New School Economics

By Starr, Kevin | Stanford Social Innovation Review, Summer 2011 | Go to article overview

New School Economics


Starr, Kevin, Stanford Social Innovation Review


New School Economics MORE THAN GOOD INTENTIONS: How a New Economics Is Helping to Solve Global Poverty Dean Karlan & Jacob Appel 320 pages, Dutton, 2011

I like Dean Karlan. I like his work. Our Mulago Foundation funds his organization, Innovations for Poverty Action (IPA). We do whatever we can to get others to fund IPA. Disclaimers out of the way, here's a two-sentence summary of Karlan's More Than Good Intentions : This book is a gem. Anyone serious about aid, philanthropy, or impact investing should read it, maybe a couple of times.

More Than Good Intentions lays out a new approach to exploring and testing solutions to the thorny problems of global poverty. Yale University professor Karlan and his coauthor, IPA project associate Jacob Appel, have produced a book that is very readable, hugely useful, and often entertaining. Metrics geeks looking for a technical manual will be disappointed; those of us looking for a practical way to understand what works will not be.

Karlan and his colleagues at IPA are part of a new movement in development economics, a movement spearheaded by Esther Dufl o and Michael Kremer and represented by a small army of researchers all over the world. As Karlan puts it, their work consists sists of a "two-pronged attack" on the problem of fi nding the best solutions to poverty: 1) using rigorous evaluation methods akin to clinical research to test poverty solutions, both old and new; and 2) understanding problems and interpreting results using the lens of behavioral economics.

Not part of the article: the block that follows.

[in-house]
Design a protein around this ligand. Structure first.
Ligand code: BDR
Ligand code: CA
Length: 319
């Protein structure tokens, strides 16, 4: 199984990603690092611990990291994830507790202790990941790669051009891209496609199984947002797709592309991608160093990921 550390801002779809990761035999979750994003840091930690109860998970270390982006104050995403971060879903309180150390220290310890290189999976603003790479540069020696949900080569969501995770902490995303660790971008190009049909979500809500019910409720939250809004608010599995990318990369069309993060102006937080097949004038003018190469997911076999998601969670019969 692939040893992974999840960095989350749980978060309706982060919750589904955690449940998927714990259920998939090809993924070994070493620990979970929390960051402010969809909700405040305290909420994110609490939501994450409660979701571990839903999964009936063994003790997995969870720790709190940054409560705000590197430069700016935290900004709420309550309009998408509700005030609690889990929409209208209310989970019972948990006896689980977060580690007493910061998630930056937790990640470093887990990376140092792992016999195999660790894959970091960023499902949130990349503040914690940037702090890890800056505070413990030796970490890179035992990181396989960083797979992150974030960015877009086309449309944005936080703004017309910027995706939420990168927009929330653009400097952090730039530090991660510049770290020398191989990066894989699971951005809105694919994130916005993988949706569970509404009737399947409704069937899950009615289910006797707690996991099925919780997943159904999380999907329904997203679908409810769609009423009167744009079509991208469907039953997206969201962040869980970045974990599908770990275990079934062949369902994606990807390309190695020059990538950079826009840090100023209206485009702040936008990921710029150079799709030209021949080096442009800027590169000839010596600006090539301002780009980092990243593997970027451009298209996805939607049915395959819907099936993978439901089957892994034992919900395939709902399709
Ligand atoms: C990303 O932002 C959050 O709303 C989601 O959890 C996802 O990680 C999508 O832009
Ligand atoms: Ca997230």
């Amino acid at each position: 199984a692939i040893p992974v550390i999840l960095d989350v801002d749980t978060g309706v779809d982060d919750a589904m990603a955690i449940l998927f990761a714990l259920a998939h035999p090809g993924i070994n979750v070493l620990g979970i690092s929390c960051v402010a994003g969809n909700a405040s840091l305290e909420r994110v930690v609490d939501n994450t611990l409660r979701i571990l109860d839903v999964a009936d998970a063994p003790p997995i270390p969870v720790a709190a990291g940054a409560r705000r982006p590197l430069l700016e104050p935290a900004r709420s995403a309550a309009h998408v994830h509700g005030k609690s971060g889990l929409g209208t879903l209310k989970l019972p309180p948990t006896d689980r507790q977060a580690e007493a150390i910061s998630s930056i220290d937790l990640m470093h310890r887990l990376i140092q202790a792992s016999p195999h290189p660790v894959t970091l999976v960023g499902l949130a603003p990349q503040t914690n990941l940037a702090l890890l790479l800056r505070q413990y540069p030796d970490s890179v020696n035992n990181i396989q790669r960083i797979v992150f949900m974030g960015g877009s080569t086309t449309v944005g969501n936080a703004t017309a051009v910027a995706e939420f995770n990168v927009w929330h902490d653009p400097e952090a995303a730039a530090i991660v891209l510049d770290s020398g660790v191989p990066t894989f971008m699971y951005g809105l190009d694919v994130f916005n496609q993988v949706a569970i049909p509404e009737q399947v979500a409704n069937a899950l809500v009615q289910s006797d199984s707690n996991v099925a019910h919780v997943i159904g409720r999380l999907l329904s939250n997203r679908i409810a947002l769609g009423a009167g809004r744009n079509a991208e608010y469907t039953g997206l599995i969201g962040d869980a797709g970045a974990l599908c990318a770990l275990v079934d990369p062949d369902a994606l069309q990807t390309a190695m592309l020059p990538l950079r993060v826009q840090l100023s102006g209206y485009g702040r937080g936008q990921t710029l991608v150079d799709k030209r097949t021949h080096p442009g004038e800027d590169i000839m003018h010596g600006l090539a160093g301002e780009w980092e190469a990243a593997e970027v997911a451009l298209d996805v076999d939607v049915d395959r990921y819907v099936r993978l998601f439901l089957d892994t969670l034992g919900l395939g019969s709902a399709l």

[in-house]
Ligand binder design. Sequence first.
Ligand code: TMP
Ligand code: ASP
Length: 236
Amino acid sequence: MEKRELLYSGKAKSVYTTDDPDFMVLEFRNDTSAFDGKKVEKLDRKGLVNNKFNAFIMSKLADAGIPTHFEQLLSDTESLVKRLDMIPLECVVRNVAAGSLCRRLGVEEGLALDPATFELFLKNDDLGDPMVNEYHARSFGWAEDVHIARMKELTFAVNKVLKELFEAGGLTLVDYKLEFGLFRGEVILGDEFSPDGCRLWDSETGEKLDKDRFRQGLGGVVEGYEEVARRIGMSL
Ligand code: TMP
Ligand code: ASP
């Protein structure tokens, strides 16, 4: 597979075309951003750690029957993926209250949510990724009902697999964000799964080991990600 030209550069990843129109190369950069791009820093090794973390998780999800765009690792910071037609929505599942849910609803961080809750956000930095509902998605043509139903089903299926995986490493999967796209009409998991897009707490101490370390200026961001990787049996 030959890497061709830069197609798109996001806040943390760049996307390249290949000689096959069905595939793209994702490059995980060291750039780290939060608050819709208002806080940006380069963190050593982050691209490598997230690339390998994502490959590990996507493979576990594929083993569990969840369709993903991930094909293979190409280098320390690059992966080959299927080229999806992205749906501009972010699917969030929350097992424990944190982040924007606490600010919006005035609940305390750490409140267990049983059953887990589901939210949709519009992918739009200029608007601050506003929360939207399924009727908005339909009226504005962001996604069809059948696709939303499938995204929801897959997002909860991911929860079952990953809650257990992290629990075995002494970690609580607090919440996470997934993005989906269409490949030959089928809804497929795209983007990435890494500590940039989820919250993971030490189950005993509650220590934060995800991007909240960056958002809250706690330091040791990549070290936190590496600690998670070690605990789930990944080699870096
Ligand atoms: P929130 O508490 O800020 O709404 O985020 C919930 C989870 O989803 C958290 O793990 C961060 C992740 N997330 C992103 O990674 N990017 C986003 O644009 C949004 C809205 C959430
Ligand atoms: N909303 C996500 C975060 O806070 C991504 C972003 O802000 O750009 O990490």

Karlan and Appel believe that understanding what works for poverty alleviation programs boils down to one deceptively simple question: "How did people's lives change with the program, compared with how they would have changed without it?" The primary-but not only-tool that Karlan et al. use to answer that question is the randomized controlled trial (RCT). In an RCT, a pool of subjects is randomly divided into intervention and control groups; the former gets the interventions and the latter does not. The two groups are fundamentally alike-both are measured before and after, and the impact is the diff erence between what happened to the intervention group and to the control group. RCTs are not new. The novel element here is the systematic and creative application of RCTs to test poverty solutions in the real world.

RCTs have their fl aws, and there has been an understandable backlash against them. They can be expensive and complicated; perfect control groups are a myth; and results are too often too broadly interpreted. Yet Karlan is not doctrinaire about RCTs. He simply believes that you should measure from the beginning, measure the right thing, get good quality numbers, and make a case for what would have happened without you.

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